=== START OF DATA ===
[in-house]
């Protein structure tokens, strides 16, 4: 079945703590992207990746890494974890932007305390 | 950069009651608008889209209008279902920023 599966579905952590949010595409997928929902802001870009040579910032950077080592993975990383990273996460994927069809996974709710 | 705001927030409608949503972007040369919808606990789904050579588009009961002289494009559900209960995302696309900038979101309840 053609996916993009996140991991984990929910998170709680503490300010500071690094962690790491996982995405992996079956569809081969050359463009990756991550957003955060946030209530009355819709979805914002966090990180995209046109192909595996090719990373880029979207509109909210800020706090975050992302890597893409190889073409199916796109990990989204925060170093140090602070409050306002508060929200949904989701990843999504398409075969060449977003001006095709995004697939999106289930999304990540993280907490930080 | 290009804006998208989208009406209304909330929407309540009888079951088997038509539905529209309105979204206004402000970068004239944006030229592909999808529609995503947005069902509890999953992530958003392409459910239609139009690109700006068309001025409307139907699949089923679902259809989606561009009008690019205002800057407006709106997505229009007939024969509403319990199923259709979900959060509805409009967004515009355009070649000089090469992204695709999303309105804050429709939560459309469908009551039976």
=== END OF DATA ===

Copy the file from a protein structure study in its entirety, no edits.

[in-house]
């Protein structure tokens, strides 16, 4: 079945703590992207990746890494974890932007305390 | 950069009651608008889209209008279902920023 599966579905952590949010595409997928929902802001870009040579910032950077080592993975990383990273996460994927069809996974709710 | 705001927030409608949503972007040369919808606990789904050579588009009961002289494009559900209960995302696309900038979101309840 053609996916993009996140991991984990929910998170709680503490300010500071690094962690790491996982995405992996079956569809081969050359463009990756991550957003955060946030209530009355819709979805914002966090990180995209046109192909595996090719990373880029979207509109909210800020706090975050992302890597893409190889073409199916796109990990989204925060170093140090602070409050306002508060929200949904989701990843999504398409075969060449977003001006095709995004697939999106289930999304990540993280907490930080 | 290009804006998208989208009406209304909330929407309540009888079951088997038509539905529209309105979204206004402000970068004239944006030229592909999808529609995503947005069902509890999953992530958003392409459910239609139009690109700006068309001025409307139907699949089923679902259809989606561009009008690019205002800057407006709106997505229009007939024969509403319990199923259709979900959060509805409009967004515009355009070649000089090469992204695709999303309105804050429709939560459309469908009551039976």